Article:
May 3, 2016 / 9:56 AM / 3 years ago

China's banking regulator moves to contain off-balance sheet risk

BEIJING (Reuters) - China’s banking regulator, in a move to rein-in the rapidly growing ‘shadow loans’ industry, has told commercial lenders to properly account for lending products that may appear on their balance sheets as lower-risk investments.

Authorities are tightening scrutiny of the lenders as the growing use of complex financial structures has raised concerns that bad lending and credit risks can be concealed.

The new rules forbid commercial banks from entering into repurchase agreements once a loan’s income rights have been transferred, according to a document from the China Banking Regulatory Commission, a copy of which was seen by Reuters.

Banks also are now required to make adequate provisions for transferred loans where the underlying loan assets remain on their balance sheets.

Individual investors also are forbidden from investing in bad loans through bank-issued wealth management products.

Financial institutions have used the transfer of income rights from credit assets to improve their business, the CBRC said, but added that part of the process was “non-standard and opaque”.

Analysts say the new rules, issued last week, are meant to provide greater transparency and address the rampant growth of investment receivables that are now accumulating on bank balance sheets, particularly among mid-tier lenders.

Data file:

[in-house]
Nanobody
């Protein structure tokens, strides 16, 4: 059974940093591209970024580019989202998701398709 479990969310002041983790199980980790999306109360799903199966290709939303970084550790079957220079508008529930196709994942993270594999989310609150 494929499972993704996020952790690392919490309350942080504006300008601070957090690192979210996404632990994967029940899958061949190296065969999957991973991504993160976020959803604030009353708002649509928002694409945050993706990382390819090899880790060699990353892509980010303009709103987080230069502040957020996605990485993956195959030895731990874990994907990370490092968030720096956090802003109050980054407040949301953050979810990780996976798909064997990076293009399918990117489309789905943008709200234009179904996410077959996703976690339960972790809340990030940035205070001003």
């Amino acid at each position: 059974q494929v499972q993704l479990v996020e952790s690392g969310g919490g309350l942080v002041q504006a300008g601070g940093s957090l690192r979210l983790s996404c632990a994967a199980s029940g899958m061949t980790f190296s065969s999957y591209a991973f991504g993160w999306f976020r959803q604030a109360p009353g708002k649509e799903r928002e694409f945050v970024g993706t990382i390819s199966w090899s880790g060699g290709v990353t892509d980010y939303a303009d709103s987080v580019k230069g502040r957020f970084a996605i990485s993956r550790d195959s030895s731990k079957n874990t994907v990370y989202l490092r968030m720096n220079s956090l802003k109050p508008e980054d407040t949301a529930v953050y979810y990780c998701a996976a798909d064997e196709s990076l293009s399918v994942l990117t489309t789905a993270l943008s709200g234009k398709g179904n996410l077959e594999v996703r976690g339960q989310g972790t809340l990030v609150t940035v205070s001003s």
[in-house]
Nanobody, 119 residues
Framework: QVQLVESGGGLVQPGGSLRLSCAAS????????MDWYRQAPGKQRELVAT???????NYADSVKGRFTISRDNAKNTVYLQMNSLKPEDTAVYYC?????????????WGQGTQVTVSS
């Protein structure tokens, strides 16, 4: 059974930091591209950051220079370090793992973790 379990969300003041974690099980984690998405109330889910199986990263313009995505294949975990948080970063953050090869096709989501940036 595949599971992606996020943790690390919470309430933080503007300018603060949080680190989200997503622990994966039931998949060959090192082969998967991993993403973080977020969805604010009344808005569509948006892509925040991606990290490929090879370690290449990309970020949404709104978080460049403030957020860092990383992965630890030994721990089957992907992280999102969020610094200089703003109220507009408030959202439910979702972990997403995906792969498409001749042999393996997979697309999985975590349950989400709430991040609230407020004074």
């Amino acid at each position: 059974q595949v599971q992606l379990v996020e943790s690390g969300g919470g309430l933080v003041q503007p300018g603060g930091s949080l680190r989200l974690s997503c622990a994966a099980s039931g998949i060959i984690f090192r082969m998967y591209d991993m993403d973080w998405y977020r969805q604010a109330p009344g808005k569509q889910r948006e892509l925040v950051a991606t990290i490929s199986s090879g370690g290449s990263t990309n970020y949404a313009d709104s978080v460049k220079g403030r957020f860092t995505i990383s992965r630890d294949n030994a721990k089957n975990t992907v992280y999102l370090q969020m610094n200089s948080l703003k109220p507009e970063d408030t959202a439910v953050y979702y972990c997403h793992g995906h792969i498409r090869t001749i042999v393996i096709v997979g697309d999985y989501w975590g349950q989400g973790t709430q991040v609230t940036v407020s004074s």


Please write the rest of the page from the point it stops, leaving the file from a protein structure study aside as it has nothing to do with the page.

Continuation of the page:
“Some joint-stock commercial banks that have a higher reliance on interbank funds and increasing investments in loans and receivables could see their liquidity deteriorate,” said Minyan Liu, an Associate Managing Director at Moody’s.

The size of China’s ‘shadow loan’ book rose by a third to $1.8 trillion in the first half of 2015, equivalent to 16.5 percent of all commercial loans in China, according to UBS.

The growing use of financial structuring, which involves structures known as Directional Asset Management Plans (DAMPs) or Trust Beneficiary Rights (TBRs), comes as some mid-tier lenders, under pressure from China’s slowest economic growth in 25 years, are already delaying the recognition of bad loans.

Banks are required to set aside capital against their credit assets. The riskier the asset, the more capital must be set aside, earning them nothing. Loans typically carry a 100 percent risk weighting, but some investment products carry a quarter of that, so banks can keep less money in reserve and lend more.

Banks must also make provision of at least 2.5 percent for their loan books as a prudent estimate of potential defaults. Provisions for these products ranged between just 0.02 and 0.35 percent of the capital value at the main Chinese banks at the end of June, Moody’s Investors Service said in December.

Reporting By Matthew Miller and Meng Meng; Editing by Simon Cameron-Moore and Kim Coghill

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